Oak Tree Varieties and Cultivation Culture

by Urban Plants

Oak tree Urban plants Oak (Quercus) come in many sizes and shapes, and you’ll even find a few evergreens in the oak mix. Whether you are looking for the perfect tree for your landscape or want to learn to identify the different oak trees types, this article can help. 

Varieties of oak tree 

There are many oak tree varieties in North America. The oak varieties are divided into two main categories: red oaks and white oaks. 

Red oak trees varieties 

Red oaks have leaves with pointed lobes tipped with tiny bristles. Their acorns take two years to mature and sprout in the spring after they drop to the ground. Common red oak tree include: 

  • Willow oak 
  • Black oak 
  • Japanese evergreen oak 
  • Water oak 
  • Pin oak

White Oak Plant Varieties 

The leaves on white oak trees are smooth and rounded. Their acorns mature in one year and they sprout after they fall to the ground. This group includes: 

  • Chinkapin 
  • Post oak. 
  • Bur oak 
  • White oak

Most Common Oak Plants

Below is a list of oak plant types that are the most commonly planted. You’ll find that most oaks are large in size and not suitable for urban or suburban landscapes. 


White Oak Tree (Q. alba): Not to be confused with the group of oak plants called white oaks, the white oak tree grows very slowly. After 10 to 12 years, the tree will stand only 10 to 15 feet tall about 3-5 m but it will eventually reach a height of 50 to 100 feet about 15-30 m. You shouldn’t plant it near patios or sidewalks because the trunk flares at the base. It doesn’t like to be disturbed, so plant it in a permanent location as a very young sapling, and prune it in the winter while it is dormant.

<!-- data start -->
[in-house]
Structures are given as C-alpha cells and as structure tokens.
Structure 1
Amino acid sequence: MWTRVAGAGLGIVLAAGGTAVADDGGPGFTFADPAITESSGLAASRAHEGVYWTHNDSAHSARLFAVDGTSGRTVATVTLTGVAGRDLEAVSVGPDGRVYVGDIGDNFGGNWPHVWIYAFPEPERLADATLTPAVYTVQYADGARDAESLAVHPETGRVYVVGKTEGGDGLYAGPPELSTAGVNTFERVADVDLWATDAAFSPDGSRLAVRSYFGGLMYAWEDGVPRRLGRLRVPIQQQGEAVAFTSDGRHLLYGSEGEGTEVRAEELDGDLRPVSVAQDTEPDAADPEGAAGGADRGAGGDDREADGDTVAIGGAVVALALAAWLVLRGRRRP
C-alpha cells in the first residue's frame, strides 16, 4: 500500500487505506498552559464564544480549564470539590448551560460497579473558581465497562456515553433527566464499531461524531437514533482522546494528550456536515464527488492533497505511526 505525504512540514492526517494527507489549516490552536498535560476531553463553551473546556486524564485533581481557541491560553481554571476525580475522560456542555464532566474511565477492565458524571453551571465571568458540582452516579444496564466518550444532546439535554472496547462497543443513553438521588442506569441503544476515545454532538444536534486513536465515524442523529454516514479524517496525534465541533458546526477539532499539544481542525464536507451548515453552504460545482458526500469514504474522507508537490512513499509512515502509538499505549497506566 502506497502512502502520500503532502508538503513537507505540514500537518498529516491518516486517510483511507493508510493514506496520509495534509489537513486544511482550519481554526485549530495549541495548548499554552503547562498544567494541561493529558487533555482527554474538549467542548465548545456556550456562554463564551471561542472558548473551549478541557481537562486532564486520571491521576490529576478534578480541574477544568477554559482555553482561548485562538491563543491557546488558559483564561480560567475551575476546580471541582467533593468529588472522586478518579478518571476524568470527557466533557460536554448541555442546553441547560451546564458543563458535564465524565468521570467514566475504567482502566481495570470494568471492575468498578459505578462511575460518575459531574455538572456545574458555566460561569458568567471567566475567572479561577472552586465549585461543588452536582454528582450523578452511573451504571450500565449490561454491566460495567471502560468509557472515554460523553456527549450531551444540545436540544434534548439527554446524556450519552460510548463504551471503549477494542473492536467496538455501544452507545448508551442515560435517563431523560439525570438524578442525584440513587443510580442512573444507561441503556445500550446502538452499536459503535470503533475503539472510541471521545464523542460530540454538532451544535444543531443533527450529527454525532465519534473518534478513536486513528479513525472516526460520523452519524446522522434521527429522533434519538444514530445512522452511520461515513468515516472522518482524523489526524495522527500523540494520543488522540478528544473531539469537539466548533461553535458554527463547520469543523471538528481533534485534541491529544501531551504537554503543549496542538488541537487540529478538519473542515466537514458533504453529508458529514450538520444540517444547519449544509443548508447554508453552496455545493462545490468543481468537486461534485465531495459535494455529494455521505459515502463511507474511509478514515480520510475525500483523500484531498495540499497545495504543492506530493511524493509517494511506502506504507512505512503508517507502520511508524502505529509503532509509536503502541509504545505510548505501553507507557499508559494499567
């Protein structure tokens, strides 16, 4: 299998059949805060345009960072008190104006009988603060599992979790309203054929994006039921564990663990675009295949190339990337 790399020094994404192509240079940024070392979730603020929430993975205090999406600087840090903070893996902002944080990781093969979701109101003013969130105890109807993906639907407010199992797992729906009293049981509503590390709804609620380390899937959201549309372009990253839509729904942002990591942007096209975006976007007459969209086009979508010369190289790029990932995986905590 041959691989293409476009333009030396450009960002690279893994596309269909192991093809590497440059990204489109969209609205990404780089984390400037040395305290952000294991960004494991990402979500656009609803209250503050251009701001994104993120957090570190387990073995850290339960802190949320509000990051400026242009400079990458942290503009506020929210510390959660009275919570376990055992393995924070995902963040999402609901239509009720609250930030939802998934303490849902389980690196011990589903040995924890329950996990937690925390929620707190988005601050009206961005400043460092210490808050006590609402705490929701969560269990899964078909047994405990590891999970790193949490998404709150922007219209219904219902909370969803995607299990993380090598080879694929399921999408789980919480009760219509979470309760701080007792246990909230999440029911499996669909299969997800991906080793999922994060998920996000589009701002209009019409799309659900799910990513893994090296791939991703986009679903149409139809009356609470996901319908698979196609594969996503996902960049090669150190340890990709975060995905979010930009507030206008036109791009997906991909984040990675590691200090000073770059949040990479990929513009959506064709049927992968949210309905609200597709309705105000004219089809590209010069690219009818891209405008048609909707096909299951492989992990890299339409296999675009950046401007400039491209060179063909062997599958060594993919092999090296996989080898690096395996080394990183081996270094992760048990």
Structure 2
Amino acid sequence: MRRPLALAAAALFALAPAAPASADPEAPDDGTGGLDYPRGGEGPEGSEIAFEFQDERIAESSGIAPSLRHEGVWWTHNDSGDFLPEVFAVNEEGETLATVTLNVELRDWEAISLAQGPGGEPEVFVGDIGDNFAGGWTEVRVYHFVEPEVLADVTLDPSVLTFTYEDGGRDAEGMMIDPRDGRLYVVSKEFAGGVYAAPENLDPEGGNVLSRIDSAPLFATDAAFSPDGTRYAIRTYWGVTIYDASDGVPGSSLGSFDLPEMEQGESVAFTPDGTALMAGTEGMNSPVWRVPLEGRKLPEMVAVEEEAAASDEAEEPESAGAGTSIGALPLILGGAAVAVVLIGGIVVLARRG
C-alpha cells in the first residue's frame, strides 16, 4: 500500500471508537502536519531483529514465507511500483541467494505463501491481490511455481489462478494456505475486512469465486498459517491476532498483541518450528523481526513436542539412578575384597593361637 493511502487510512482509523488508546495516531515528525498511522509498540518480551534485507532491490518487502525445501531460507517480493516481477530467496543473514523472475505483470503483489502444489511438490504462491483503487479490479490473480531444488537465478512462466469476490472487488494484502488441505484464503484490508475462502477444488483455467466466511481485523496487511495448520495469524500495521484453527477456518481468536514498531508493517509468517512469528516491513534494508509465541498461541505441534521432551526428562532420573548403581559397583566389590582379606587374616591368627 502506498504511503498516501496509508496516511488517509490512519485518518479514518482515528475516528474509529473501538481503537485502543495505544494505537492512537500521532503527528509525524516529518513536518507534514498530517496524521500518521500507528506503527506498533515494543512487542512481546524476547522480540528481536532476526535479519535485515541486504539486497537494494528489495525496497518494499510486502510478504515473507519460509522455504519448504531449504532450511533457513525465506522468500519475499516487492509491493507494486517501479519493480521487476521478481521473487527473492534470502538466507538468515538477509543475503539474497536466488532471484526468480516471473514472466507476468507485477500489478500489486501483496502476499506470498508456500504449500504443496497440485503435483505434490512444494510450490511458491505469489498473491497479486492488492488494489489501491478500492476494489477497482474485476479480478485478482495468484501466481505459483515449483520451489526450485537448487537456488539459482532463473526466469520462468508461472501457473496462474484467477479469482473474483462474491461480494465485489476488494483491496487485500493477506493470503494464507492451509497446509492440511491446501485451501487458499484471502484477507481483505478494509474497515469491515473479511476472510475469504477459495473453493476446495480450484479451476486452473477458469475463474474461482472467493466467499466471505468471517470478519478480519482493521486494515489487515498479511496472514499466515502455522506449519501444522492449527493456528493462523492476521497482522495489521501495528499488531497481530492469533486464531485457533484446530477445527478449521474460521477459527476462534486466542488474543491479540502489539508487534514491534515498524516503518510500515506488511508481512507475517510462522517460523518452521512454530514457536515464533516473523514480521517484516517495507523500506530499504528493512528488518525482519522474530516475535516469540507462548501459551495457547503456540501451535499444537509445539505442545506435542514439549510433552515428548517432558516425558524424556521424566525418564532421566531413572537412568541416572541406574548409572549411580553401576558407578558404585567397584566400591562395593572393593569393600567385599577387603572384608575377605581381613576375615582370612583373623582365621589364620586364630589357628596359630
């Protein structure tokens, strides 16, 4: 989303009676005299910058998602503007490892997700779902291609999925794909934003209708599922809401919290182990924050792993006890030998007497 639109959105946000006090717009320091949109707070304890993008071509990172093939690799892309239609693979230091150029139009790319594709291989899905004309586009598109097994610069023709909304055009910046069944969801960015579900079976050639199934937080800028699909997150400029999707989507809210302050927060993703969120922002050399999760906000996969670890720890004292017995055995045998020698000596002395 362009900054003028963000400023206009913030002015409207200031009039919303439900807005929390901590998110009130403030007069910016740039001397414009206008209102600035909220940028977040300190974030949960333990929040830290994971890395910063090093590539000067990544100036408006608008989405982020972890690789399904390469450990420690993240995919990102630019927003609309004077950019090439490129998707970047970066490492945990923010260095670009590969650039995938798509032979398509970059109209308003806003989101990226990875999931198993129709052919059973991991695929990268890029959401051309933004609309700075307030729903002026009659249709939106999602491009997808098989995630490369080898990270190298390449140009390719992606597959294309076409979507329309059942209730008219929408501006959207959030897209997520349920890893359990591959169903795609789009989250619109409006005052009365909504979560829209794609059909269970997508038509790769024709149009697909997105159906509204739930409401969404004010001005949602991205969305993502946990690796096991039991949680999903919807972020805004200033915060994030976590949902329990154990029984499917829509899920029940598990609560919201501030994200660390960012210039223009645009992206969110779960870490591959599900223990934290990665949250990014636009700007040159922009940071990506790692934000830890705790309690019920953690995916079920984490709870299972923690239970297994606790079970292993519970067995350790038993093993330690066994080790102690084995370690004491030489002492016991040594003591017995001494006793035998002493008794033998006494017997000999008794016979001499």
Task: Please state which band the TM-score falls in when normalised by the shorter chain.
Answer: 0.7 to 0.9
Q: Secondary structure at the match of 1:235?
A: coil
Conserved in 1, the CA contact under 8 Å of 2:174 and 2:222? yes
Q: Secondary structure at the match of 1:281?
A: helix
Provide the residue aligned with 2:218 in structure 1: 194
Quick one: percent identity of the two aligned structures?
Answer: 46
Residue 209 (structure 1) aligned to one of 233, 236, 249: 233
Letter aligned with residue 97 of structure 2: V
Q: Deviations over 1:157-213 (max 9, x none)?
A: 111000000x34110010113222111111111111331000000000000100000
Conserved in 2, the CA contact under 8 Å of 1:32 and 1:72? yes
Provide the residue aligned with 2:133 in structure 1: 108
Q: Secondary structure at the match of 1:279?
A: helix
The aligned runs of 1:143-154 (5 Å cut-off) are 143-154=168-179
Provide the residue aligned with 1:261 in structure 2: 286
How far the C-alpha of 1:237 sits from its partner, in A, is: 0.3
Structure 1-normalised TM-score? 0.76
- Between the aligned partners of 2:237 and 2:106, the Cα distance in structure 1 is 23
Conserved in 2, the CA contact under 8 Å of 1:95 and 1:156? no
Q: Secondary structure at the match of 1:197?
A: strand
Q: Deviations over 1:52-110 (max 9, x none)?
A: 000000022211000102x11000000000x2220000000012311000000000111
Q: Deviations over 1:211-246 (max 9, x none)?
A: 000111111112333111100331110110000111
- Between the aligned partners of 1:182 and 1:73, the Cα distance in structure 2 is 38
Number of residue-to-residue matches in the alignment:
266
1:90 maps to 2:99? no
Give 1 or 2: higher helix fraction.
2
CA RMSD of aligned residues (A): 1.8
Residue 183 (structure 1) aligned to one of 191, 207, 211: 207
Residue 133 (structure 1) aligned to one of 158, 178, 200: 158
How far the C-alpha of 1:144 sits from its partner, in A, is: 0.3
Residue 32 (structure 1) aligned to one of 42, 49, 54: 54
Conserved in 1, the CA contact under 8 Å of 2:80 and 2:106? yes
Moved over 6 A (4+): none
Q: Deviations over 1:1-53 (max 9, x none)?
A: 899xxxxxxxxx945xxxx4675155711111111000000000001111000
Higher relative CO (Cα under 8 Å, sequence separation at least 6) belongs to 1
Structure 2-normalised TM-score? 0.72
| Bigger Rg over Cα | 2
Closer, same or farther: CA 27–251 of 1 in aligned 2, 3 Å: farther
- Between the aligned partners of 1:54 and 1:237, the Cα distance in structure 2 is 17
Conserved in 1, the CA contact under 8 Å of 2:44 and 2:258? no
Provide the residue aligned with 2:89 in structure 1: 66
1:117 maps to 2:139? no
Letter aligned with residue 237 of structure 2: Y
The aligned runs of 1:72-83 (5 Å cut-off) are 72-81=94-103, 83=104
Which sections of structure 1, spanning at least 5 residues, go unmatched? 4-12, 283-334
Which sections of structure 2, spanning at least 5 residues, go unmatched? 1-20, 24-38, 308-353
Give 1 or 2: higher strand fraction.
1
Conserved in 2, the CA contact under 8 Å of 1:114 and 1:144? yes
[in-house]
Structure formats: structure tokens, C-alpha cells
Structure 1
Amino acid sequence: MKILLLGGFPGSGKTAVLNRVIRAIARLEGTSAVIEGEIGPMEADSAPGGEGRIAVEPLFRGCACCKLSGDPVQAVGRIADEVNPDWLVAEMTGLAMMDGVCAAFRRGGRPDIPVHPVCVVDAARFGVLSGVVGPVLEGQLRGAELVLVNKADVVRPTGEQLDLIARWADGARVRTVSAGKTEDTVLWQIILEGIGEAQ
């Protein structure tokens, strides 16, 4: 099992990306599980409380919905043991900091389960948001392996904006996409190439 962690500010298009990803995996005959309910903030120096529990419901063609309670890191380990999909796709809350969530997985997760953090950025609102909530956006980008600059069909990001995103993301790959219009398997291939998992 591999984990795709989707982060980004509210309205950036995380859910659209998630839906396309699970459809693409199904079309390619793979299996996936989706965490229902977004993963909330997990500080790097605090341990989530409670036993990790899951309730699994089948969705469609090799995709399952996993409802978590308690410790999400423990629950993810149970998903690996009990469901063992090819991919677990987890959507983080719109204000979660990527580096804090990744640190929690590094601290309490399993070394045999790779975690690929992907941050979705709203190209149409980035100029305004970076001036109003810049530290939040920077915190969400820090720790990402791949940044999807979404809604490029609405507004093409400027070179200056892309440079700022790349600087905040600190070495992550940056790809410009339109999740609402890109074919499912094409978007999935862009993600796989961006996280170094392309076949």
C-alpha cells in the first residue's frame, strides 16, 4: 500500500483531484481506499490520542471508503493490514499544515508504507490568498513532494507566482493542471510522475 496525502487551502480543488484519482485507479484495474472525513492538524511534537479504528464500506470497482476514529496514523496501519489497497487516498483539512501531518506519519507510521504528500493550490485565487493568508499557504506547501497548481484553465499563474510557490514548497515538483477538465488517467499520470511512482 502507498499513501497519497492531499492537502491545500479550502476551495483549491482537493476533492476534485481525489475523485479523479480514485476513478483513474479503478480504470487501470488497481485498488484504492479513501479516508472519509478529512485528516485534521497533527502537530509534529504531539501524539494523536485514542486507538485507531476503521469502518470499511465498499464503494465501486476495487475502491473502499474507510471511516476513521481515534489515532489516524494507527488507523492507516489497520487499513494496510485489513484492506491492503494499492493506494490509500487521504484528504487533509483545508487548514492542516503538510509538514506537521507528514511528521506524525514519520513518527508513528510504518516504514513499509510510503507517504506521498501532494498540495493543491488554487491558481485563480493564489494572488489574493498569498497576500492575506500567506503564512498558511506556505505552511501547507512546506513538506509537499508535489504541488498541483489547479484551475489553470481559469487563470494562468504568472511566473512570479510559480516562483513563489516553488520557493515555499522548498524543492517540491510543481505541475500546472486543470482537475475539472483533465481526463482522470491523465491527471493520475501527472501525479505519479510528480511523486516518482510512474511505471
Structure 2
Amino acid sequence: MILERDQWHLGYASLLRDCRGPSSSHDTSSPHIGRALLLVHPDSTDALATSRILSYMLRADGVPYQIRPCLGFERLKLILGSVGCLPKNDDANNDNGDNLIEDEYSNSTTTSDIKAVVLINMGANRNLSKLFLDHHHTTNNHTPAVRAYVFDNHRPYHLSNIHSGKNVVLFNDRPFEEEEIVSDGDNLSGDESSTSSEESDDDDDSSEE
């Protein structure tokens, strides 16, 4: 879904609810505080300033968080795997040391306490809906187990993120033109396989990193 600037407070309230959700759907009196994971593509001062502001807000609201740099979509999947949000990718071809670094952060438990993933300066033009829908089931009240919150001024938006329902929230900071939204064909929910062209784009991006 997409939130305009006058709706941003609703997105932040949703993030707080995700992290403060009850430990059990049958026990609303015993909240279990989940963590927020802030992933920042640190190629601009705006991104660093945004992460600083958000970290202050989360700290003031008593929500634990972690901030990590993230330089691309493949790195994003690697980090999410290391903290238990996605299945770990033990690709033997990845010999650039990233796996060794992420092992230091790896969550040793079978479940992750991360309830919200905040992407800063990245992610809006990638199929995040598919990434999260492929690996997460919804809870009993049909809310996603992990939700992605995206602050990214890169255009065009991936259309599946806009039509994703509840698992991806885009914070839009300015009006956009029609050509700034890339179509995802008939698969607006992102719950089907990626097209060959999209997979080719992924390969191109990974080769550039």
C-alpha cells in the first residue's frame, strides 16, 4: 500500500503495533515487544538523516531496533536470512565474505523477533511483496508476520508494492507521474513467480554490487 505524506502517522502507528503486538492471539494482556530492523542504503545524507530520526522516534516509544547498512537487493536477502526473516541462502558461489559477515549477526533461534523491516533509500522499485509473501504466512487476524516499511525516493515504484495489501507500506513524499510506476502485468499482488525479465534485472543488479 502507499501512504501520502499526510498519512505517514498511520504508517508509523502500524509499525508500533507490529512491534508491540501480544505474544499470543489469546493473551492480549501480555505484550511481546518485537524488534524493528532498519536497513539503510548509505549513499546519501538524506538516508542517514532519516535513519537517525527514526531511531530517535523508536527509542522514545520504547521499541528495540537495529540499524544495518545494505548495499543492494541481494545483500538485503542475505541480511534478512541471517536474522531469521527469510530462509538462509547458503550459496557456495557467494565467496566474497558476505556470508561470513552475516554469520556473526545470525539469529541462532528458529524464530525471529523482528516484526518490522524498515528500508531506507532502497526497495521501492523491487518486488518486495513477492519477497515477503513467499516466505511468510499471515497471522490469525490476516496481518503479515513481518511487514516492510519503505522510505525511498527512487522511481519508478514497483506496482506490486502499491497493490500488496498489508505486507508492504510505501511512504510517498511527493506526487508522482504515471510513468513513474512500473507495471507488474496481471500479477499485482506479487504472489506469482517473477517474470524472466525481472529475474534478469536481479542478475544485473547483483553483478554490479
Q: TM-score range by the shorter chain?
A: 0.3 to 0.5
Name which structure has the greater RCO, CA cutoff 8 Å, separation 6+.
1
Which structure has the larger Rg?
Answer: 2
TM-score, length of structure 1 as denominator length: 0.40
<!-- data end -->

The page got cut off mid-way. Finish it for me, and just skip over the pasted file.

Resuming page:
Bur Oak (Q. macrocarpa): Another massive shade tree, the bur oak grows 70 to 80 feet tall about 22-24 m. It has an unusual branch structure and deeply furrowed bark that combine to keep the tree interesting in winter. It grows further north and west than other white oak types. 


Willow Oak (Q. phellos): The willow oak tree has thin, straight leaves similar to those of a willow tree. It grows 60 to 75 feet tall, about 18-23 m. The acorns of oak plants aren’t as messy as those of most other oaks. It adapts well to urban conditions, so you can use it as a street tree or in a buffer area along highways. It transplants well while oak tree is dormant. 


Japanese Evergreen Oak (Q. acuta): The smallest of the oak trees, the Japanese evergreen grows 20 to 30 feet tall about 6-9 m and up to 20 feet wide about 6 m. It prefers the warm coastal areas of the southeast, but it also will grow inland in protected areas. Oak plants has a shrubby growth habit and work well as a lawn tree or screen. The oak tree provides good quality shade despite its small size. 


Pin Oak (Q. palustris): The pin oak grows 60 to 75 feet tall about 18-23 m with a spread of 25 to 40 feet about 8-12 m. It has a straight and a well-shaped trunk canopy, with the upper branches growing upward and lower branches drooping down. The branches of oak in the center of the tree are nearly horizontal. It makes a wonderful shade oak tree, but you may have to remove some of the lower branches to allow clearance.


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